00:13:43:23 - 00:14:11:22
Unknown
And neither is breast or prostate. okay. Thank you. I think I think I'm okay with the questions right now. You want to go on? Yeah. So I don't have too much else to to talk about. But essentially there's very good options for treatment of metastatic disease. A lot of the time patients don't want a huge surgery because it puts them out for a while.

00:14:11:22 - 00:14:42:11
Unknown
And usually after a surgery you can't get chemo or systemic therapy for a while while your recovery whereas radiation me would just pause or cause the chemo or radiation or something that cause the chemo or stomach therapy. And I would actually do the radiation in between cycles. There's really no delay at all anyway, a lot of the time Ablations are also quite that to my patients that have a more than a few metastases, I will send them to my interventional radiologists, which is a separate department for my department that would use the term ablations.

00:14:42:13 - 00:15:08:12
Unknown
I work with them very closely in order to treat these patients. The last thing that I don't want to mention is we also have a very novel technique here at UCLA called HDR Brachytherapy for the lung. This is delivered very similar to an ablation where a needle is inserted from the outside into the tumor and we actually load that needle with the radioactive isotope and thereby treating radiation with radiation from the inside out.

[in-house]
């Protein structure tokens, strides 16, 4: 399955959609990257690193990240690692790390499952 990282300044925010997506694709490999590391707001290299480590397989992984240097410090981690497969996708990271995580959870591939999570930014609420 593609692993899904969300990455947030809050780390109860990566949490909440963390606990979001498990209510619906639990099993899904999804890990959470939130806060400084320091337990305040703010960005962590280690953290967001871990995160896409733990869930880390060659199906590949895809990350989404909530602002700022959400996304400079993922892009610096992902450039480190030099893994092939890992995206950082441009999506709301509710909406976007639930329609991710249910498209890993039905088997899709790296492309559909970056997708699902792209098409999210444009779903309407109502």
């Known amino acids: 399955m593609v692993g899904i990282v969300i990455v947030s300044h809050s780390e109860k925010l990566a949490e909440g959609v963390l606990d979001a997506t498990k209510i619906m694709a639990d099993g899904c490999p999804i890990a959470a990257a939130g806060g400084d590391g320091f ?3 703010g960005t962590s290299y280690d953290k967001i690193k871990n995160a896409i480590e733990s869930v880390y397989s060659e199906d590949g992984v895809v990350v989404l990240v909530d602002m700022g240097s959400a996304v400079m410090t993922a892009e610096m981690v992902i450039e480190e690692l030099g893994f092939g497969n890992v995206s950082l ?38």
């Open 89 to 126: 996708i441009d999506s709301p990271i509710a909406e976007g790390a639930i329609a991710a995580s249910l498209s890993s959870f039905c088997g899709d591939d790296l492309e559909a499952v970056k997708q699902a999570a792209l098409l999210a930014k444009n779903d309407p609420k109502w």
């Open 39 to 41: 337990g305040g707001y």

00:15:08:14 - 00:15:31:16
Unknown
This treatment modality is not necessarily done in many places and so we do use it on occasion for patients that have previously had radiation before and cannot get another course of radiation from the outside and cannot get surgery and cannot get an ablation for whatever reason that we have an option here at UCLA for patients that don't have any other good options.

00:15:31:18 - 00:15:57:21
Unknown
And I've used that probably like my in my group, we use it probably three times a month amongst the three of us that actually are trained to do that. So I think that for patients that are having lung metastases that would like their questions answered, I think having them come to see a physician at UCLA is, you know, more than a good idea.

00:15:57:23 - 00:16:20:15
Unknown
We work very closely with the medical oncologist that referrals patients as well as the gynecologic oncologists. And so it's a very collaborative effort here at UCLA to determine the best plan going forward for our patients. And so, you know, always happy to help or have discussions with patients and providers as needed. Thank you. And we have one more question.

00:16:20:16 - 00:16:51:16
Unknown